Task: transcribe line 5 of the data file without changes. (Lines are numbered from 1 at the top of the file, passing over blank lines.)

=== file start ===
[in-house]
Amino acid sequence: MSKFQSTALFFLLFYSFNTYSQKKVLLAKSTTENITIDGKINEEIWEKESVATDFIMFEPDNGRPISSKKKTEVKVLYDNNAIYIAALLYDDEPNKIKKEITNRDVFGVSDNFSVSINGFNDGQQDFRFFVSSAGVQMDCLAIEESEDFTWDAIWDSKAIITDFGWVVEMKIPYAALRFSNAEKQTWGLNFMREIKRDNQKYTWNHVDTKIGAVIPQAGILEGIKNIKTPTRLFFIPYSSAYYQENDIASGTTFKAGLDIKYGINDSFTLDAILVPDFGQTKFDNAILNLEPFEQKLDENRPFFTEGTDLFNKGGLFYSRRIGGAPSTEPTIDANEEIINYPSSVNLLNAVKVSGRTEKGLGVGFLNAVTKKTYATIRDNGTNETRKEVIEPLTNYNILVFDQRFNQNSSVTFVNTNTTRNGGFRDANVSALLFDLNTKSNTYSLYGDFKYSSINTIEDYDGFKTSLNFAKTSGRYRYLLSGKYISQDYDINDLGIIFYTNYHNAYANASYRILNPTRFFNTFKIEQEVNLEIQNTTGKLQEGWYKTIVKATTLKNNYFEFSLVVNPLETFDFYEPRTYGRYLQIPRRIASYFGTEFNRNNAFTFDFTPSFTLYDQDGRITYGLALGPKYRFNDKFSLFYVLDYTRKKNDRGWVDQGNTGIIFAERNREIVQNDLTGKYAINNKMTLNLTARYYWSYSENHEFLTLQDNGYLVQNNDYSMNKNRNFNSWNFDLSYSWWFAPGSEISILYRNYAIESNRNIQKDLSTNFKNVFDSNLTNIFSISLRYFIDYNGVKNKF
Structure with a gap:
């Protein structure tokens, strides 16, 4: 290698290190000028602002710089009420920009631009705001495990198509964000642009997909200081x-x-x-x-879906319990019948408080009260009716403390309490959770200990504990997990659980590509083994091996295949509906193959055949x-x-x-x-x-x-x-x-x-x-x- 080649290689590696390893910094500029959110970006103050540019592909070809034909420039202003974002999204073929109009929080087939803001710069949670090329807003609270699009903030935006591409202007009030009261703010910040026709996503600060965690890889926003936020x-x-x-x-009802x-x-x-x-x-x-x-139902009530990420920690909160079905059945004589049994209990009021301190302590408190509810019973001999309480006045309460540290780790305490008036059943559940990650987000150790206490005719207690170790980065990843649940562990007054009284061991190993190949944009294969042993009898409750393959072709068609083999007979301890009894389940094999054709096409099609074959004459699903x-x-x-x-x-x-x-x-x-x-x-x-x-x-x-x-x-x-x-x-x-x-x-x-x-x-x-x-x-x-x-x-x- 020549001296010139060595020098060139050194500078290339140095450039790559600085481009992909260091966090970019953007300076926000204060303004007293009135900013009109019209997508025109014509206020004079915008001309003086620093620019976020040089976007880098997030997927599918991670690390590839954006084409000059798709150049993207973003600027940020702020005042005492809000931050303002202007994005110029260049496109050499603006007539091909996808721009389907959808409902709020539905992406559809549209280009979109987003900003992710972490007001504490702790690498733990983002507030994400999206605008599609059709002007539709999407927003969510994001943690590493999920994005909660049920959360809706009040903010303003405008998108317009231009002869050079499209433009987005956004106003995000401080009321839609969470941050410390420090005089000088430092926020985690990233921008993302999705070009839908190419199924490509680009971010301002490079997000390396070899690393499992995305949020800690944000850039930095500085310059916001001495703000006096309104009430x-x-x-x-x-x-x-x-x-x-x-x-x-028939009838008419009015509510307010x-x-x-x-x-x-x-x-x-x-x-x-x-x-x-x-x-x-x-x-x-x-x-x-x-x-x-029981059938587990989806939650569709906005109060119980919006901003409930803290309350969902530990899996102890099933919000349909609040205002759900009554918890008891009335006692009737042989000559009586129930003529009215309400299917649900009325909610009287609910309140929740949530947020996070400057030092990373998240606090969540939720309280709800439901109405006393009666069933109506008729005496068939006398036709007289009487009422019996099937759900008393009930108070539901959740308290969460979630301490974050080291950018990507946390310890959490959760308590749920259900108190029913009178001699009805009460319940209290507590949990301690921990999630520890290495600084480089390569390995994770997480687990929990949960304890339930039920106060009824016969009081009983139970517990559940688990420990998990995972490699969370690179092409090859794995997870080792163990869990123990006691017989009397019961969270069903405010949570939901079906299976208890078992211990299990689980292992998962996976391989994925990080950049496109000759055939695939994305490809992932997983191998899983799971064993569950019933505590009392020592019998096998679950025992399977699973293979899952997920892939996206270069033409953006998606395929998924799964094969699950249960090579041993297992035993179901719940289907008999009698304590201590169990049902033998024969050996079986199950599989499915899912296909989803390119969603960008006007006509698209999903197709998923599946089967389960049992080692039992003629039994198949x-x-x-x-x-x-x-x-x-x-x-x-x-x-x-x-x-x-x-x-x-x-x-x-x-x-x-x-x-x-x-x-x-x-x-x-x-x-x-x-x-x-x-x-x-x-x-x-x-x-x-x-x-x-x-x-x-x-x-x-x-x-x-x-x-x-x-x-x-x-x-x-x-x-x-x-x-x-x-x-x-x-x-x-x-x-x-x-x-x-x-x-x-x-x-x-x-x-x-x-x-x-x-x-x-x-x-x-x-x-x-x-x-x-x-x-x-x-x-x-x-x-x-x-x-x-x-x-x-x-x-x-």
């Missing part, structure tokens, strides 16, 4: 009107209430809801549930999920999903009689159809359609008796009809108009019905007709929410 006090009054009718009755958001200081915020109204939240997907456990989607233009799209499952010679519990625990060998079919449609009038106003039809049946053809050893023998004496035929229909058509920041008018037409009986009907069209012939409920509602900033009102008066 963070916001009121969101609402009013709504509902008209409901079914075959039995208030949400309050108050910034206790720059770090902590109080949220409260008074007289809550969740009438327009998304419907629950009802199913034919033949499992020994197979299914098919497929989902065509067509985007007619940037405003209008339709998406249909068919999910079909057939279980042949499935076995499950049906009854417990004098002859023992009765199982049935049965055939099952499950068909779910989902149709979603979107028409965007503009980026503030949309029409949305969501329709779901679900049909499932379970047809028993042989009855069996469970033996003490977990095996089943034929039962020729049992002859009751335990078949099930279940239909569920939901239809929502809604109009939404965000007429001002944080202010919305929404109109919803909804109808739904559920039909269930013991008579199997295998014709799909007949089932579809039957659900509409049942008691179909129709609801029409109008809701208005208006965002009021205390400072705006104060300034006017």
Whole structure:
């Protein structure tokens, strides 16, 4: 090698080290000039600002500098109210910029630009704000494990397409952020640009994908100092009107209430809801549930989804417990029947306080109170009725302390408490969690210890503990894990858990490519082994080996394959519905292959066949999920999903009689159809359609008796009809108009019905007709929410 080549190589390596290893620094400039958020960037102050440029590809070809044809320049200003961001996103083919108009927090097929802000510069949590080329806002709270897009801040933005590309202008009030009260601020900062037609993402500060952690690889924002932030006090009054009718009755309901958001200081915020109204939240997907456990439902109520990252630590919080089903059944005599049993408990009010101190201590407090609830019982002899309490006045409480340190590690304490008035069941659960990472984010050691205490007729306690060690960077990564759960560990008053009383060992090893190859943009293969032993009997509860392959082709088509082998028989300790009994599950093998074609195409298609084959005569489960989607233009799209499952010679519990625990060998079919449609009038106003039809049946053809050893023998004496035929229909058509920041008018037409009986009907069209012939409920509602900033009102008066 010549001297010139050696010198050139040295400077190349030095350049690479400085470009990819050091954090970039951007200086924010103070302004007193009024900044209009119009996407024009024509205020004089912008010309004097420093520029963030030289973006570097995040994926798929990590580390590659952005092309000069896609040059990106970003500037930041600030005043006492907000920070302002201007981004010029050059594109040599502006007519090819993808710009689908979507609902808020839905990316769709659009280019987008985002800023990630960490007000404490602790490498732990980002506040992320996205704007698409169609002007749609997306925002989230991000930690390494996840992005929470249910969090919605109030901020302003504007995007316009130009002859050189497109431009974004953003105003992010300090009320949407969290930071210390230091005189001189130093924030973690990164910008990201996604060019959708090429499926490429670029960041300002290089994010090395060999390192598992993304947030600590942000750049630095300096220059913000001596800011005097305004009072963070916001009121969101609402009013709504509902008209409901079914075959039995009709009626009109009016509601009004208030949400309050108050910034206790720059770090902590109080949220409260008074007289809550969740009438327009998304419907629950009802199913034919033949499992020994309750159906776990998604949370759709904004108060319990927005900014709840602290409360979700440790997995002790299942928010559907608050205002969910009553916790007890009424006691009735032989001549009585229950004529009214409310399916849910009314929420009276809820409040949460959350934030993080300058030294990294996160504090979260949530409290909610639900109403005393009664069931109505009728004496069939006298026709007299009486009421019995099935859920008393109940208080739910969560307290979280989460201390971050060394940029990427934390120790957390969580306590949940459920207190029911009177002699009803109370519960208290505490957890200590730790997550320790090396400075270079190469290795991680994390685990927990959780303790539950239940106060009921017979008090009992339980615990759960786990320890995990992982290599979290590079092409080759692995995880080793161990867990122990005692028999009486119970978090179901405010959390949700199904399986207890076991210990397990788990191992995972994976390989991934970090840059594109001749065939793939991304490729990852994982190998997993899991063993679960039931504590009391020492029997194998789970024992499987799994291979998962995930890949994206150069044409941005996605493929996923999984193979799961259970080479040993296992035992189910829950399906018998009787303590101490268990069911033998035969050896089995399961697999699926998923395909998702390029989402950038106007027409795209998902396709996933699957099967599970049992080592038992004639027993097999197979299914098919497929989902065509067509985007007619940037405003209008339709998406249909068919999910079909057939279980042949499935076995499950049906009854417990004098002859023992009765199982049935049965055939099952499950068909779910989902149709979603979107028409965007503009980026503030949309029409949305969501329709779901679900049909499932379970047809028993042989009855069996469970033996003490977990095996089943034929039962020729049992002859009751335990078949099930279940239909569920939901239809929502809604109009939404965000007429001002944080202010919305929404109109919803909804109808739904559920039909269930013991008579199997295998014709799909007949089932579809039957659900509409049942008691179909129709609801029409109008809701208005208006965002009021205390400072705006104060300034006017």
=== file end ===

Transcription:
């Missing part, structure tokens, strides 16, 4: 009107209430809801549930999920999903009689159809359609008796009809108009019905007709929410 006090009054009718009755958001200081915020109204939240997907456990989607233009799209499952010679519990625990060998079919449609009038106003039809049946053809050893023998004496035929229909058509920041008018037409009986009907069209012939409920509602900033009102008066 963070916001009121969101609402009013709504509902008209409901079914075959039995208030949400309050108050910034206790720059770090902590109080949220409260008074007289809550969740009438327009998304419907629950009802199913034919033949499992020994197979299914098919497929989902065509067509985007007619940037405003209008339709998406249909068919999910079909057939279980042949499935076995499950049906009854417990004098002859023992009765199982049935049965055939099952499950068909779910989902149709979603979107028409965007503009980026503030949309029409949305969501329709779901679900049909499932379970047809028993042989009855069996469970033996003490977990095996089943034929039962020729049992002859009751335990078949099930279940239909569920939901239809929502809604109009939404965000007429001002944080202010919305929404109109919803909804109808739904559920039909269930013991008579199997295998014709799909007949089932579809039957659900509409049942008691179909129709609801029409109008809701208005208006965002009021205390400072705006104060300034006017």